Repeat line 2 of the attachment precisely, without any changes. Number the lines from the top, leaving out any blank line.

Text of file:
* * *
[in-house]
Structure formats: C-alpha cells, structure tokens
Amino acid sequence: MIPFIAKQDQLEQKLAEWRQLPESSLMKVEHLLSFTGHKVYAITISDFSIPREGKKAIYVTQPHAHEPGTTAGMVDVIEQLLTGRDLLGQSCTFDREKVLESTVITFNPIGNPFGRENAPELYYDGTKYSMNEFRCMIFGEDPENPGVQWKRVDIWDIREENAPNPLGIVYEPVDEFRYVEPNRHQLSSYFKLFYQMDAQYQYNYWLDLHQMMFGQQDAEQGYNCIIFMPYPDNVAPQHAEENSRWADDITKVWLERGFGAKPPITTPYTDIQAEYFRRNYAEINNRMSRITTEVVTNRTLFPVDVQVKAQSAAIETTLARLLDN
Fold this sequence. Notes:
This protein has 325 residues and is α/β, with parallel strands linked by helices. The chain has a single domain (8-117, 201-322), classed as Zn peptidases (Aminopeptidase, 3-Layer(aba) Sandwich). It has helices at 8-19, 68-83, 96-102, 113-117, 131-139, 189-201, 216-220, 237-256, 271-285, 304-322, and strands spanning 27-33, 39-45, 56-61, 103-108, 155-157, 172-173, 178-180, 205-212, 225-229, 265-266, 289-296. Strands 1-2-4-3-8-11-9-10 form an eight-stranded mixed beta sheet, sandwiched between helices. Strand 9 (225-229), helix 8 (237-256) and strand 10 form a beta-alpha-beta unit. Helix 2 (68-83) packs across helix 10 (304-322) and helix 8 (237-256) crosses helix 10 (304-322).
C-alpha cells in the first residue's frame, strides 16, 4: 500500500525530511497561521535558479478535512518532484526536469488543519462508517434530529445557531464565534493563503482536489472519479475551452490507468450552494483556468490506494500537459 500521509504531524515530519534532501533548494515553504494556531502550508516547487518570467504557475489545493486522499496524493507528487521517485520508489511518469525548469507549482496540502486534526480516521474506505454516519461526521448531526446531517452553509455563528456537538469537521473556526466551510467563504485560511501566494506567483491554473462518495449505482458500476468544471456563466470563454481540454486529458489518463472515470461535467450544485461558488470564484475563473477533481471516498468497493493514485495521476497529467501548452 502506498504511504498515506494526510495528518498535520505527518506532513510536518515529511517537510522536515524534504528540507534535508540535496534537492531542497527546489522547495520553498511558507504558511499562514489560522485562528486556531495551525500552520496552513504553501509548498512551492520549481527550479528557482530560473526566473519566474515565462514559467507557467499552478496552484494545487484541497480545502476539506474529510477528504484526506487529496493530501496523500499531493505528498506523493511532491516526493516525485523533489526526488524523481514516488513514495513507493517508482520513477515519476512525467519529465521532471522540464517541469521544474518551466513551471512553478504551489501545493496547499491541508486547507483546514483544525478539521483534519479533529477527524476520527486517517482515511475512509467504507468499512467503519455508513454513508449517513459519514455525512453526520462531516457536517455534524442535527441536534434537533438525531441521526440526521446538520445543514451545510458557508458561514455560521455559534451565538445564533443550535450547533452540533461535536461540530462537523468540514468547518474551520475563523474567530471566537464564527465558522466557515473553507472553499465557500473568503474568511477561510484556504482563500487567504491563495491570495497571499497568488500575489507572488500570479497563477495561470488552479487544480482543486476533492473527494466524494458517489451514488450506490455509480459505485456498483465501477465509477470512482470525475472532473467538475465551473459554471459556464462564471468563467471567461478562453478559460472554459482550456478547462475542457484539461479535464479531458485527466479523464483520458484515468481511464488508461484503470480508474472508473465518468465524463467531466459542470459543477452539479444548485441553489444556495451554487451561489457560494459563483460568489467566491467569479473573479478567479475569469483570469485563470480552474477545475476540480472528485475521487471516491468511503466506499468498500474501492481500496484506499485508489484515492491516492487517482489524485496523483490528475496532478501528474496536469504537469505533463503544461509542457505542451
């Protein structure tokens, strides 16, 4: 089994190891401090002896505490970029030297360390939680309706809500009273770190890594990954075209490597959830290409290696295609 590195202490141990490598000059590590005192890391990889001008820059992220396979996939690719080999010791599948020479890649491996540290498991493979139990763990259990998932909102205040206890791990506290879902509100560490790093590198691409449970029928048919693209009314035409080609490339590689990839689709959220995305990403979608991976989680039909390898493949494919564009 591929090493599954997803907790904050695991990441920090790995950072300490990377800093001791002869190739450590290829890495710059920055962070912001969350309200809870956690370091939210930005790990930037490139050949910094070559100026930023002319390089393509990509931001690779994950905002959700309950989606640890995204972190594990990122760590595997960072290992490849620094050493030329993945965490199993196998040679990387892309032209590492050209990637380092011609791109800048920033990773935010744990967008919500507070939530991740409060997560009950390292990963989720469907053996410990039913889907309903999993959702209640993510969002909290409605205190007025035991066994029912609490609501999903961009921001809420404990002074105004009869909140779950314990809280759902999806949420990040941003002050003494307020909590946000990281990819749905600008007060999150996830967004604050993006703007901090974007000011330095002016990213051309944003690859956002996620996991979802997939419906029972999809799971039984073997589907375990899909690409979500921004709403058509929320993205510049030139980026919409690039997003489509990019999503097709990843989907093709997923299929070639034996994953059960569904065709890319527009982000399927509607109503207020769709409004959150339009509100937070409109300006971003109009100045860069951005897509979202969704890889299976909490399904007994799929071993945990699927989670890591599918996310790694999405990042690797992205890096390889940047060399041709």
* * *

Structure formats: C-alpha cells, structure tokens